Fans can laugh and scoff as Epstein and David Ross and the players talk about the potential for the 2020 Cubs to win the World Series or exclaim they're hopeful for the season ahead. But what else do you expect them to say? It'd be silly for the president or a manager or the star of a team to say "No, we don't expect to win this year." Especially when a team has as much talent on the roster as the Cubs have...even if there are holes and risks and not an ideal amount of depth.

Epstein is right — the 2019 Cubs *should have* finished with a 90-72 record instead of an 84-78 record. That's projected based off the Cubs' +97 run differential. The 89-73 Brewers, meanwhile, were projected for only an 81-win season based on their +3 run differential. 

However, those numbers are ultimately meaningless. The reality is the Brewers were in the playoffs (even if only for one game) and the Cubs spent the entire last week of the regular season knowing they weren't going to be partaking in any October action.

After another disappointing finish, Epstein and the Cubs brass wanted change. In a perfect world, they'd already have it — a reshaping of the roster to shake things up and get a different mix than the team that has fallen short of expectations the last two seasons.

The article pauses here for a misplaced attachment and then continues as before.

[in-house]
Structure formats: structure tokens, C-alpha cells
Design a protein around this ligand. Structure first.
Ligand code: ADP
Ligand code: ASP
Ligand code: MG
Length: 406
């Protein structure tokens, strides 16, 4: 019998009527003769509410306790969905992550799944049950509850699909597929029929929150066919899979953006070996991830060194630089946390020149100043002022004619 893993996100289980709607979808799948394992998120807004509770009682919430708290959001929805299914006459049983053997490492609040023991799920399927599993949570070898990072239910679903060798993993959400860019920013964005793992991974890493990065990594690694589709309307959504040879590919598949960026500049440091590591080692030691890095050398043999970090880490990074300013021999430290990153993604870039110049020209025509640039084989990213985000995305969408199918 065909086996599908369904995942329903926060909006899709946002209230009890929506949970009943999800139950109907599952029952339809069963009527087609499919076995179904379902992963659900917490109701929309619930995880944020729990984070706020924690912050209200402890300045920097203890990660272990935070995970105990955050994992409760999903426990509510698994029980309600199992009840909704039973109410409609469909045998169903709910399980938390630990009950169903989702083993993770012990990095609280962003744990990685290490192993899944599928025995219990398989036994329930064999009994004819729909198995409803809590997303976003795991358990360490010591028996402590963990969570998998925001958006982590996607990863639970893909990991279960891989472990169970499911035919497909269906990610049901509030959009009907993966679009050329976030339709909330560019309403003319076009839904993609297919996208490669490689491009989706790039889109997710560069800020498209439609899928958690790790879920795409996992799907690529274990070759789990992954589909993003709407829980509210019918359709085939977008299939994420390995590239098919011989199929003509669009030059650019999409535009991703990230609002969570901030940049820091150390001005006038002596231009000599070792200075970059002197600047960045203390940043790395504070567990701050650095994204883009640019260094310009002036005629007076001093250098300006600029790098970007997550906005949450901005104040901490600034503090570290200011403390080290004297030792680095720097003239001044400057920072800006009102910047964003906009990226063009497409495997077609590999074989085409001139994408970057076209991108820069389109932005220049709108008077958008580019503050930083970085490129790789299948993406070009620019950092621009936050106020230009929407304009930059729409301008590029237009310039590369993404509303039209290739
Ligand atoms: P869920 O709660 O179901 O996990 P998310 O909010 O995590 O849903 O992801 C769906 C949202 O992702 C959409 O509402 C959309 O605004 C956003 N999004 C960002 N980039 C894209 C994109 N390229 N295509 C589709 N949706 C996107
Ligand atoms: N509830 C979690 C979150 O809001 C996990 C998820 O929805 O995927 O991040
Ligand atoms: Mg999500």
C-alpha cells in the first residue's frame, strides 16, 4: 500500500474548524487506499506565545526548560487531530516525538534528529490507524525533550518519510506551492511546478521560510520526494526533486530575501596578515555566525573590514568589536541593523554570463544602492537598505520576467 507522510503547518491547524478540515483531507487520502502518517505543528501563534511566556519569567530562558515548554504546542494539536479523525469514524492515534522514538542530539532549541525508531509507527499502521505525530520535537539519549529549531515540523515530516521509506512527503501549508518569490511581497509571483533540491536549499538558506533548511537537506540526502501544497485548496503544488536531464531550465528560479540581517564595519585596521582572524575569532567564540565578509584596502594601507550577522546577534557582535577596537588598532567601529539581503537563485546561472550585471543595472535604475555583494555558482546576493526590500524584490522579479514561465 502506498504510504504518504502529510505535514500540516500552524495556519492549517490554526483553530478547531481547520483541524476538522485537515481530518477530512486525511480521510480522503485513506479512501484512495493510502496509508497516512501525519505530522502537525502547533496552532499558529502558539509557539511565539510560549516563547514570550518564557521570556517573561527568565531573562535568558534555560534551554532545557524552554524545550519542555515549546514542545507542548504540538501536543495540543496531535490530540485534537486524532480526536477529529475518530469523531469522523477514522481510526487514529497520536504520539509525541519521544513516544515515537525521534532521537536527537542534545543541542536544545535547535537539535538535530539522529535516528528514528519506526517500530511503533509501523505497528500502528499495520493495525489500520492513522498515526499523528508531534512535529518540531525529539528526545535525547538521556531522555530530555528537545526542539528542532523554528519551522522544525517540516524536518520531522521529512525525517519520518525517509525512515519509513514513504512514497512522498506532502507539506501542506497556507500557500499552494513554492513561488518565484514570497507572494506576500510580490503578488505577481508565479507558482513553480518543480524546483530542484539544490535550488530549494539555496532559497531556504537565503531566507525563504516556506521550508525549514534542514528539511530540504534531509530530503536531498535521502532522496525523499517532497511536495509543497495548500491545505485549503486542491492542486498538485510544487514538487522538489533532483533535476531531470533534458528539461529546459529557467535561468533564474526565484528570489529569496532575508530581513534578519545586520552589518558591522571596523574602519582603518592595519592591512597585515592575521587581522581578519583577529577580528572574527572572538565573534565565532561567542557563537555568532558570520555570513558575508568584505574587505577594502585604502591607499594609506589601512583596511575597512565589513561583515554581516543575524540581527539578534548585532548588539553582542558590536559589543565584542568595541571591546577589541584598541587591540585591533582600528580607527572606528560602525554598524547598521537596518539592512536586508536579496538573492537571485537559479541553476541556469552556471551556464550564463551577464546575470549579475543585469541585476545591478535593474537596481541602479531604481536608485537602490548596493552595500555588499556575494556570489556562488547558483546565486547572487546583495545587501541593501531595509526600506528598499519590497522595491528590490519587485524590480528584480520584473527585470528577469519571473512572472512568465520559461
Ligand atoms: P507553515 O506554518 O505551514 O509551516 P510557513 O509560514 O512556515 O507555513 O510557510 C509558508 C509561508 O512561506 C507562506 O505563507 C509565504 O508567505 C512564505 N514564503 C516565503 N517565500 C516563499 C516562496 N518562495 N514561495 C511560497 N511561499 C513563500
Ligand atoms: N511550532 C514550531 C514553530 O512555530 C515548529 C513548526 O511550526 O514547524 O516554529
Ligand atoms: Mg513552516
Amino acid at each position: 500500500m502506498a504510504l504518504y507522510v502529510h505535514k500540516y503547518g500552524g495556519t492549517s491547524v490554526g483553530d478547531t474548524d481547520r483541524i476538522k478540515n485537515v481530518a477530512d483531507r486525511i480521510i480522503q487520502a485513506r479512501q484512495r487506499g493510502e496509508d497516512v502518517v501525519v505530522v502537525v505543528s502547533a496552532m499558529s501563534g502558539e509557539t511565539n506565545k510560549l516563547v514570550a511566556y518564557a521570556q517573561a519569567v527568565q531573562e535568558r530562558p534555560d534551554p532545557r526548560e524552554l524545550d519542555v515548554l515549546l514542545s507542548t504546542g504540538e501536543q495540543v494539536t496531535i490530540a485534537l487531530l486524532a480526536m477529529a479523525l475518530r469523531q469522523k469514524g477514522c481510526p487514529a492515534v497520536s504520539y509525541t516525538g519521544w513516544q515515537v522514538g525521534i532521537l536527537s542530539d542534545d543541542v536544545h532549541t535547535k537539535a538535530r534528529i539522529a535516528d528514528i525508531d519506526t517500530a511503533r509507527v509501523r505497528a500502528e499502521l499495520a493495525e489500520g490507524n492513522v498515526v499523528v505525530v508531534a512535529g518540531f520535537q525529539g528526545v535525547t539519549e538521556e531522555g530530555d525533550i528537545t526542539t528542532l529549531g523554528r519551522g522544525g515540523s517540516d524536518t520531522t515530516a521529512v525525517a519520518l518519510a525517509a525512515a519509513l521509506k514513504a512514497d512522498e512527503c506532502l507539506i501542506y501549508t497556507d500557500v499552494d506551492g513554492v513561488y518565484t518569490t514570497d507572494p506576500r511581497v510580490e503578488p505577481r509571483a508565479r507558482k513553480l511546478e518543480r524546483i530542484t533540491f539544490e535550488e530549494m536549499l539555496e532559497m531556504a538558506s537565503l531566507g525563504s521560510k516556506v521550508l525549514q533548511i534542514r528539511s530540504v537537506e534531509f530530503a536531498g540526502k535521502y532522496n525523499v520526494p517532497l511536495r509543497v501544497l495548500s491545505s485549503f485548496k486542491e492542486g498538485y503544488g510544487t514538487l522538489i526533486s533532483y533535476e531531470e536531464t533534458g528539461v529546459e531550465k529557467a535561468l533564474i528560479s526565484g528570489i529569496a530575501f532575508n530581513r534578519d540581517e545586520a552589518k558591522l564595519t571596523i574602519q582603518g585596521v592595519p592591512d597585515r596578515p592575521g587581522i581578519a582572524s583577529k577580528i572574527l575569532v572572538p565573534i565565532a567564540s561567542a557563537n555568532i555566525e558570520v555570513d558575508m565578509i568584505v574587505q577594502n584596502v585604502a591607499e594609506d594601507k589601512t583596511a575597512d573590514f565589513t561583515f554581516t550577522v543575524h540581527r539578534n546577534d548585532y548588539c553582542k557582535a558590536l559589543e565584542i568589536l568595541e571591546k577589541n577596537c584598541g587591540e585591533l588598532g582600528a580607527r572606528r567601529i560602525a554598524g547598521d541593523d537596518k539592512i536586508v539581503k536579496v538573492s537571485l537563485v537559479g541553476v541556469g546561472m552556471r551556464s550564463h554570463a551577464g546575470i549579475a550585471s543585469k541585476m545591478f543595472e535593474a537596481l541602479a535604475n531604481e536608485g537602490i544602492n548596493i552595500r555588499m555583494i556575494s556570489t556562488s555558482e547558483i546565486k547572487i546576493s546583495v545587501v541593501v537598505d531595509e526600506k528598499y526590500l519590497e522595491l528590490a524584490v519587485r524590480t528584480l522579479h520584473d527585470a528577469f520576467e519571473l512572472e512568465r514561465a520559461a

But this isn't a perfect world and the Cubs front office isn't going to force things. They won't make a change just for change's sake.

"We're not in a position where we have to do anything," Epstein said. "I think you want to always avoid being put in a corner where you have to make a deal and your back's against the wall and you're gonna take any deal that's out there. We're not at all in that position, but looking at the horizon of the next two years, I think you would be wise at some point to do something that looks out a little bit more for the long term and a little bit less for the short term. But that doesn't have to happen now. We're not in a position where we have to move anybody.

"...What's most likely is status quo — it's hard to get long-term extensions done, it's hard to get trades done. We have what we feel is a pretty good club. We're trying to compete this year and we're not in a position where we have to do anything."

That's certainly a change from the tone set forth by Epstein in his end-of-season presser on the final day of September. But while the roster is essentially intact, the Cubs gave the rest of the organization a major face-lift, from the coaching staff to the scouting department to the strength and conditioning staff. 

Status quo is a good thing for those Cubs fans hoping Epstein's front office doesn't trade away their favorite player.

Kris Bryant is in attendance at Cubs Convention this weekend, but he's also dealing with a bout of the flu, so he did not speak to the media and had to pass on his now-annual segment on the Ryan Dempster show (which was anything but..."boring").

Epstein joked they might be doing a Muhammed Ali rope-a-dope where the Cubs lull everybody into the idea that nothing will happen this winter only for some major news to come down in the three weeks between the Convention and spring training. 

Things can change in a hurry when it comes to trade talks, but it's becoming more and more likely the Cubs will report to their complex in Mesa, Ariz., on Feb. 11 with a "status quo" roster.